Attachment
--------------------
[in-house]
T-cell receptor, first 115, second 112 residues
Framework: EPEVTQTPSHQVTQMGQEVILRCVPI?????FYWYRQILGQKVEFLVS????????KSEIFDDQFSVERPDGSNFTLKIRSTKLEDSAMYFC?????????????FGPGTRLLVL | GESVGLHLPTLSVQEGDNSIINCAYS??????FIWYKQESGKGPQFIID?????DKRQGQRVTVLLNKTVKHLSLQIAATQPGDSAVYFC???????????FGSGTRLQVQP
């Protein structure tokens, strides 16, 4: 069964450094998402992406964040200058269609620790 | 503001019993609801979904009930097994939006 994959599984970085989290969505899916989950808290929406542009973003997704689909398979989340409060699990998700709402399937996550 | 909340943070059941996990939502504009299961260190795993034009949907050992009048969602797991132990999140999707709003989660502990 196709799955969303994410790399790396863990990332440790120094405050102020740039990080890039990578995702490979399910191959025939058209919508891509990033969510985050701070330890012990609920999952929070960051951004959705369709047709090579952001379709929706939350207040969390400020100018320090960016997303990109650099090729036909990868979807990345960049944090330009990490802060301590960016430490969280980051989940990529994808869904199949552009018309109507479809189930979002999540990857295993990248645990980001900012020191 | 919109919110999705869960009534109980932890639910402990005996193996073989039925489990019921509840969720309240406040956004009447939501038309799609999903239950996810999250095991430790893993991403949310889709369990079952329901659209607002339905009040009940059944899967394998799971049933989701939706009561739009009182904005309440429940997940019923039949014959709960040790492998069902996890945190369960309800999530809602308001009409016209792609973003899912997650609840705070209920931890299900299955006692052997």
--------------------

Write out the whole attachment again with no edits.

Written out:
[in-house]
T-cell receptor, first 115, second 112 residues
Framework: EPEVTQTPSHQVTQMGQEVILRCVPI?????FYWYRQILGQKVEFLVS????????KSEIFDDQFSVERPDGSNFTLKIRSTKLEDSAMYFC?????????????FGPGTRLLVL | GESVGLHLPTLSVQEGDNSIINCAYS??????FIWYKQESGKGPQFIID?????DKRQGQRVTVLLNKTVKHLSLQIAATQPGDSAVYFC???????????FGSGTRLQVQP
């Protein structure tokens, strides 16, 4: 069964450094998402992406964040200058269609620790 | 503001019993609801979904009930097994939006 994959599984970085989290969505899916989950808290929406542009973003997704689909398979989340409060699990998700709402399937996550 | 909340943070059941996990939502504009299961260190795993034009949907050992009048969602797991132990999140999707709003989660502990 196709799955969303994410790399790396863990990332440790120094405050102020740039990080890039990578995702490979399910191959025939058209919508891509990033969510985050701070330890012990609920999952929070960051951004959705369709047709090579952001379709929706939350207040969390400020100018320090960016997303990109650099090729036909990868979807990345960049944090330009990490802060301590960016430490969280980051989940990529994808869904199949552009018309109507479809189930979002999540990857295993990248645990980001900012020191 | 919109919110999705869960009534109980932890639910402990005996193996073989039925489990019921509840969720309240406040956004009447939501038309799609999903239950996810999250095991430790893993991403949310889709369990079952329901659209607002339905009040009940059944899967394998799971049933989701939706009561739009009182904005309440429940997940019923039949014959709960040790492998069902996890945190369960309800999530809602308001009409016209792609973003899912997650609840705070209920931890299900299955006692052997």